The skies get less friendly every day

Passenger complaints more than double, federal report says

August 11, 1999|By COX NEWS SERVICE

WASHINGTON -- Growing discontent in the crowded skies have caused complaints about airline service to more than double from a year ago.

A total of 5,005 complaints were lodged against the major carriers in the first six months of this year, the U.S. Department of Transportation said yesterday. Last year, the count was 2,467.

The increasing air-travel dissatisfaction is due to flight delays caused by unusually severe weather and air traffic jams, cramped and overbooked airplanes, and hours spent in airport lines.

"Everything's backed up, and everyone's just getting stressed out," said David S. Stempler, founder of the Air Travelers Association, a Washington-based advocacy group. "It's like cornered animals."

Customers often reported that their bad experiences were made worse by airline workers who were discourteous, arrogant or poorly informed.

Among the complaints in the Transportation Department's latest report, to be released this week:

A passenger said he was "imprisoned in the airplane on the runway" for three hours in Philadelphia last spring and then treated "rudely" by a Delta Air Lines ticket agent when he finally reached Atlanta, where he missed his connection.

In an airport packed with delayed and disgruntled passengers, a passenger made a cell phone call to US Airways and learned that his flight had been canceled, even as the gate agent was still insisting that the flight would take off at 6: 45 p.m. Fed up, he wrote, "I rented a car and drove four hours" from Jacksonville to Tampa, Fla.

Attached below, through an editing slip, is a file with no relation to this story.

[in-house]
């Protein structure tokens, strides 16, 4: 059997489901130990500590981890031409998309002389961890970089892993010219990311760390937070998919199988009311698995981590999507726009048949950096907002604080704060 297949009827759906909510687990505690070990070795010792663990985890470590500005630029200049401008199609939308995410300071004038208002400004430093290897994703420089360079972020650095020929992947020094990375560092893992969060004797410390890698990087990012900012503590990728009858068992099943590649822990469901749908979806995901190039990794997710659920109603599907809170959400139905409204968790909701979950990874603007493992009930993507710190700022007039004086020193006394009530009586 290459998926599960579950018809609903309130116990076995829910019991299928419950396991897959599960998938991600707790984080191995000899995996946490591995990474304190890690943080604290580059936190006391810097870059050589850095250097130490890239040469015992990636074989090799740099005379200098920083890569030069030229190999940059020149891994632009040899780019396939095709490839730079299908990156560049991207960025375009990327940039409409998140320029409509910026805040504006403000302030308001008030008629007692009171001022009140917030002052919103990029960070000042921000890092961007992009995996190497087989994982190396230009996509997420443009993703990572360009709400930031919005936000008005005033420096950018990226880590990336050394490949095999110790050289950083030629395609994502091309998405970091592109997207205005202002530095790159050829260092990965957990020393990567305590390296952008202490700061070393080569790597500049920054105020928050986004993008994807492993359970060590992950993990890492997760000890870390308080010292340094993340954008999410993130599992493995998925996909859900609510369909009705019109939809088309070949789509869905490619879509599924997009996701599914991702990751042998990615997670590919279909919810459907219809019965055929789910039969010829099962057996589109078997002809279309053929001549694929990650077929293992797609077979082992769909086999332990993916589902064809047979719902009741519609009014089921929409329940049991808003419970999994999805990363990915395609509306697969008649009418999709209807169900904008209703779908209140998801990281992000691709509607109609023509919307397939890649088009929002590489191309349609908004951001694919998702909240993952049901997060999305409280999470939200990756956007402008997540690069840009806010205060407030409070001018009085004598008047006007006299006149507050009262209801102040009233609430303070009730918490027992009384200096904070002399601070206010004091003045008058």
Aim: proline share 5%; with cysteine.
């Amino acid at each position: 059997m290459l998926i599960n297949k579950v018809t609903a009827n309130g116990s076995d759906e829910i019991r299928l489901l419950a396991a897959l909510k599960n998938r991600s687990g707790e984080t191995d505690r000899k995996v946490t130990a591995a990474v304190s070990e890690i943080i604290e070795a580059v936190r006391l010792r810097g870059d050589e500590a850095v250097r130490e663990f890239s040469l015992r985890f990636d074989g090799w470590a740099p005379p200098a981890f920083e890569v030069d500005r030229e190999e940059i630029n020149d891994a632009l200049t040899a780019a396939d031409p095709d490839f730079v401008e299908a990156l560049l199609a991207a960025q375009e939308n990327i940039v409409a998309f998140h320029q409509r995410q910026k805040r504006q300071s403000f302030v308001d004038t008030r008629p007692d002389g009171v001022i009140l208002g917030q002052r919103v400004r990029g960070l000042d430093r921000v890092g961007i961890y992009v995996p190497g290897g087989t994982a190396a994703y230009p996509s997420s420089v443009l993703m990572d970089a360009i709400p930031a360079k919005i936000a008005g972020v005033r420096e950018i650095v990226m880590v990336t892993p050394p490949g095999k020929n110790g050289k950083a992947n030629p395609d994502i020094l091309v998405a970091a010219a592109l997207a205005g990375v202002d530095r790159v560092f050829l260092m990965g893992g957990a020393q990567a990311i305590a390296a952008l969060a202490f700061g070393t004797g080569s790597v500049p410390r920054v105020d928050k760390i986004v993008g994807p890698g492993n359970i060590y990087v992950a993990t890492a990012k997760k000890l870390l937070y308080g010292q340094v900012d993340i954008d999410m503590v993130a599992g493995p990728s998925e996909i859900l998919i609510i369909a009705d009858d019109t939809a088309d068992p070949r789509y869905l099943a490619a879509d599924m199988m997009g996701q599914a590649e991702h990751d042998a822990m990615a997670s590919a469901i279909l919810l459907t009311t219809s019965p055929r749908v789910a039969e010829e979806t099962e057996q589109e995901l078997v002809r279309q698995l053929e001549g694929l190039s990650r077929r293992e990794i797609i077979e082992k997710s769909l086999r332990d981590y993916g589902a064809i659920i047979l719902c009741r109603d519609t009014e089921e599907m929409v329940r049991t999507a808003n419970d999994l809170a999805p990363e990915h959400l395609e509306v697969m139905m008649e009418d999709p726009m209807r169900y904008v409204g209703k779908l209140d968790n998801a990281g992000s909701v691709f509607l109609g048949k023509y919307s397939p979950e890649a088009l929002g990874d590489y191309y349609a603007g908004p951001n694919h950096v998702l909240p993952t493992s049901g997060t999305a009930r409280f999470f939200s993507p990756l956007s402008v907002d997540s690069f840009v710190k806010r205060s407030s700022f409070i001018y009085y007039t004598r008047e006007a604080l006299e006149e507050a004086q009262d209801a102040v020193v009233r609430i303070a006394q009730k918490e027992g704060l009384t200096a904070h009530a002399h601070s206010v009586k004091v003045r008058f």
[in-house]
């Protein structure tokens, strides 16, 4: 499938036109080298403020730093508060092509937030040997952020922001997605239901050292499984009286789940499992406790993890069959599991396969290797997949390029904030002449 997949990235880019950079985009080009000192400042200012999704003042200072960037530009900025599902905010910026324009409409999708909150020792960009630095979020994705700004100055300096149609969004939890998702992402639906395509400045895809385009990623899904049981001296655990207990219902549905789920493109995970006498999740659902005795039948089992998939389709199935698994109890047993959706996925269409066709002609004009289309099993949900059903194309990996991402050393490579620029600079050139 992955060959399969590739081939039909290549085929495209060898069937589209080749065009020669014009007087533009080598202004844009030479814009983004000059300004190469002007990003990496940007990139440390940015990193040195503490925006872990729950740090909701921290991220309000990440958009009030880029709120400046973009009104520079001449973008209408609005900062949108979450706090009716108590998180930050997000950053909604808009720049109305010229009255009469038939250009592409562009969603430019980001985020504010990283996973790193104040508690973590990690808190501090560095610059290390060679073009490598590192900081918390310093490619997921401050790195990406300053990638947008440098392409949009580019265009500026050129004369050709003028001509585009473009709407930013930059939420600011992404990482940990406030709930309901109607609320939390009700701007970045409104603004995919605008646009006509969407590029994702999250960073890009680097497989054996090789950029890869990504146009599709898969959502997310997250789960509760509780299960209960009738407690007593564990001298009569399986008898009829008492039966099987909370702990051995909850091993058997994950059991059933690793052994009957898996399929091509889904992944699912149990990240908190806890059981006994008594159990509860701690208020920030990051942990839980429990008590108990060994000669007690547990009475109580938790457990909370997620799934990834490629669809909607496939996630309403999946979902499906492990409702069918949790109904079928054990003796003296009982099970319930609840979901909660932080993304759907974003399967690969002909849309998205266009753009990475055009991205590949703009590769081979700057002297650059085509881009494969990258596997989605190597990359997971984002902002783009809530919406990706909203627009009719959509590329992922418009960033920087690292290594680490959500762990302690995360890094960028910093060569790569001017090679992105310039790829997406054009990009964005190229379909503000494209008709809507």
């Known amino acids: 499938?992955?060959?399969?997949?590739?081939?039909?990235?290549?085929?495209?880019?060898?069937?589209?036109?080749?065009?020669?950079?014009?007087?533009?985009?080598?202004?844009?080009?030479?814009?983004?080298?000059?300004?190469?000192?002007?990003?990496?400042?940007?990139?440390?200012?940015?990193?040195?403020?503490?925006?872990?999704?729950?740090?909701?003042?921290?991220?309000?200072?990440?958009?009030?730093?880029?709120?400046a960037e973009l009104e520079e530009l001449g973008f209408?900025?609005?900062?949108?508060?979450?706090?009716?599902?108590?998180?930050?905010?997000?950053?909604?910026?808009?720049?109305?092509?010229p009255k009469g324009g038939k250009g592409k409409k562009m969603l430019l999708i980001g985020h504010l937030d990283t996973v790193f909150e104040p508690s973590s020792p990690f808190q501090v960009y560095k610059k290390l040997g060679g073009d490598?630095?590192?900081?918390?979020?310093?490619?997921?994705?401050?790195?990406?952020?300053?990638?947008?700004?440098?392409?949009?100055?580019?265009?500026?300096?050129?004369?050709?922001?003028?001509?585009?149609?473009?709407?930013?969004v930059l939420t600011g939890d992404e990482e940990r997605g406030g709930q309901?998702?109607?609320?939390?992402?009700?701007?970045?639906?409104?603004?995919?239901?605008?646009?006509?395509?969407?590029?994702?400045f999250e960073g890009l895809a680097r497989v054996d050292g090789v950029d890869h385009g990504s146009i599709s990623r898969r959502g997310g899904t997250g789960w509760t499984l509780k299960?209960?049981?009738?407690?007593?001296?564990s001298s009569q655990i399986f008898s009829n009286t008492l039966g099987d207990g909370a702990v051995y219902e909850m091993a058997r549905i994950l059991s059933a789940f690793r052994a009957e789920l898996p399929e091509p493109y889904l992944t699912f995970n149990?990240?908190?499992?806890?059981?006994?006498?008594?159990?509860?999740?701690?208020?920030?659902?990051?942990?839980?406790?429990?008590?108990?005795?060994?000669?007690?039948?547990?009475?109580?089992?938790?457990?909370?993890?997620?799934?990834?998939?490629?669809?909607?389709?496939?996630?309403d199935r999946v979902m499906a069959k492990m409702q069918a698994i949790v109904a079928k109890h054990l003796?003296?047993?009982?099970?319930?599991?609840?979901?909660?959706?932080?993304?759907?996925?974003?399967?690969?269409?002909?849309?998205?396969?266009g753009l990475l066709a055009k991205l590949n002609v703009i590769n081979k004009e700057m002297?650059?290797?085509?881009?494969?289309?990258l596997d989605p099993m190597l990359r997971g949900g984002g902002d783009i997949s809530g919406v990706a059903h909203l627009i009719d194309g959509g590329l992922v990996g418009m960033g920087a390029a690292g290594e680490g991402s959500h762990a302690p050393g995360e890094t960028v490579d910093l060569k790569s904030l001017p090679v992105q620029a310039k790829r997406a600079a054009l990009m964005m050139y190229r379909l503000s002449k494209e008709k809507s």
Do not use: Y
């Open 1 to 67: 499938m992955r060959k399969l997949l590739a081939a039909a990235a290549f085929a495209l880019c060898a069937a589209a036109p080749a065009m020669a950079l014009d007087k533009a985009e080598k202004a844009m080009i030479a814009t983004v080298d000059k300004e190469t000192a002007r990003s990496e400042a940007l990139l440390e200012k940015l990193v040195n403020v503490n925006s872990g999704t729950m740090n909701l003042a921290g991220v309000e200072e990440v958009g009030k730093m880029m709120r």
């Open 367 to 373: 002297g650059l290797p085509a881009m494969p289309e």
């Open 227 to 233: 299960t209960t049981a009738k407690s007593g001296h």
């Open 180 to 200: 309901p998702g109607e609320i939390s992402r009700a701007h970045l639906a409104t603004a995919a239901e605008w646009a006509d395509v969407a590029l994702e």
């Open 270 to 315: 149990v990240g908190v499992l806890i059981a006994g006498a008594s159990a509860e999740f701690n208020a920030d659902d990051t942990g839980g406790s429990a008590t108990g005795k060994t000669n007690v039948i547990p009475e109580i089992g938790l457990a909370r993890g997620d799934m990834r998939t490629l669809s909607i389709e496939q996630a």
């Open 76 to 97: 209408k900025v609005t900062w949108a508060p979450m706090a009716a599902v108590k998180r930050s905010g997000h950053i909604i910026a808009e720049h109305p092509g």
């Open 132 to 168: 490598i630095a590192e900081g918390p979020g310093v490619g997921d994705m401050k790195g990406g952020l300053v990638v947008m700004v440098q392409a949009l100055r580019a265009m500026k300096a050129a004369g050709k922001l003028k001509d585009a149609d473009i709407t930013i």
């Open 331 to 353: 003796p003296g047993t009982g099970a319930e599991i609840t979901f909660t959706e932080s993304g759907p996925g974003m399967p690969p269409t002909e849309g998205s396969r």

A professional musician, who flew from Atlanta to San Diego, said a baggage agent barely glanced at the gash in his saxophone, denied the claim and then told him to "shut up" so the agent could return to his computer.

Last winter, after Northwest Airlines kept a planeload of passengers on a Detroit runway for eight hours in a snowstorm without working toilets or food, Congress threatened to enact a passengers' rights law. But the lawmakers backed down in June when the major airlines issued a voluntary "airline customer service commitment."

Diana Cronan, spokeswoman for the Air Transport Association, the trade group for the major carriers, said the airlines are working on improvements, especially in employee training and reservations systems. But she said major improvements aren't expected until December, when the plans are supposed to go into effect.

The pledges do not go far enough, said Stempler, the passenger advocate. "It's not going to get to the heart of the complaints that I hear every day, which is [that] the seats are too narrow, there's no leg room, the planes are crowded, and service has gone downhill."

Hal Salfen, director of consumer affairs for the International Airline Passengers Association, says he hears the same complaints from his members worldwide.

Asked what happened to the "friendly" skies of past airline commercials, he said: "They're gone, because the whole mind-set of the people who serve the public is completely different."

Customers are no longer treated with the same deference, he said. "It's not only the airlines. It's everywhere we go."

Airlines have fared better, with profits soaring along with planes that take off with an average 70 percent of the seats filled by a flying public that has increased by 25 percent in five years.

Executives are blaming the nation's antiquated air traffic system, which often causes delays and cancellations.

Stempler agreed. "The ultimate culprit is really the [Federal Aviation Administration] and the Congress for failing to provide sufficient aviation infrastructure to deal with these loads," he said.

Pub Date: 8/11/99

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